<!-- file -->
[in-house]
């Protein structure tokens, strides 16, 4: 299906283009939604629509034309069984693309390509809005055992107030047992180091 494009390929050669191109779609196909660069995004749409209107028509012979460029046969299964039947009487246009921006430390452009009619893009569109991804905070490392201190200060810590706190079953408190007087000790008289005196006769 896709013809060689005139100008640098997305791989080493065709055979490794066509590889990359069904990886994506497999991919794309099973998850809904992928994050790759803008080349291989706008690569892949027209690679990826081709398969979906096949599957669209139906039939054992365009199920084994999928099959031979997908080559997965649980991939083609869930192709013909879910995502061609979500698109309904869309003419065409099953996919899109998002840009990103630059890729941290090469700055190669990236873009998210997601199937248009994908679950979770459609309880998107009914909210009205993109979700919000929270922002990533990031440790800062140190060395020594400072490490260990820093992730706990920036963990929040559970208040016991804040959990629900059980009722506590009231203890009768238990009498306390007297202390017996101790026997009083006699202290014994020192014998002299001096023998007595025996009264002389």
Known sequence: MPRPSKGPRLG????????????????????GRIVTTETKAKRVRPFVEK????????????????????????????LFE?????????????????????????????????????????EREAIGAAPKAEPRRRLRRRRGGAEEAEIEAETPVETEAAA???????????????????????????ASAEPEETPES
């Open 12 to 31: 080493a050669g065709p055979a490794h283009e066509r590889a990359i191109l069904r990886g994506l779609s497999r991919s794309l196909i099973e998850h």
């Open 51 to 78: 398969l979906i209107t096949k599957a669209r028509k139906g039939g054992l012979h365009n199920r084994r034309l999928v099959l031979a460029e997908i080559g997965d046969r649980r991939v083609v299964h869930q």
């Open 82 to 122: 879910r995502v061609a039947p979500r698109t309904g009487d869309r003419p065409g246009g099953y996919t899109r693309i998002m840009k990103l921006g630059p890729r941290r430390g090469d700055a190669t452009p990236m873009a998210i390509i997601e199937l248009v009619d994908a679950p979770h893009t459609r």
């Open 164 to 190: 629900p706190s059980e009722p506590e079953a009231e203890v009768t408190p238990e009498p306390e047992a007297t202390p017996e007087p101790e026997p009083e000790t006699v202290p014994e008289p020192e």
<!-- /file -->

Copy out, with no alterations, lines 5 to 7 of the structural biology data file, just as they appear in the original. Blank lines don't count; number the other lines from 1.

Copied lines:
């Open 51 to 78: 398969l979906i209107t096949k599957a669209r028509k139906g039939g054992l012979h365009n199920r084994r034309l999928v099959l031979a460029e997908i080559g997965d046969r649980r991939v083609v299964h869930q």
């Open 82 to 122: 879910r995502v061609a039947p979500r698109t309904g009487d869309r003419p065409g246009g099953y996919t899109r693309i998002m840009k990103l921006g630059p890729r941290r430390g090469d700055a190669t452009p990236m873009a998210i390509i997601e199937l248009v009619d994908a679950p979770h893009t459609r």
């Open 164 to 190: 629900p706190s059980e009722p506590e079953a009231e203890v009768t408190p238990e009498p306390e047992a007297t202390p017996e007087p101790e026997p009083e000790t006699v202290p014994e008289p020192e």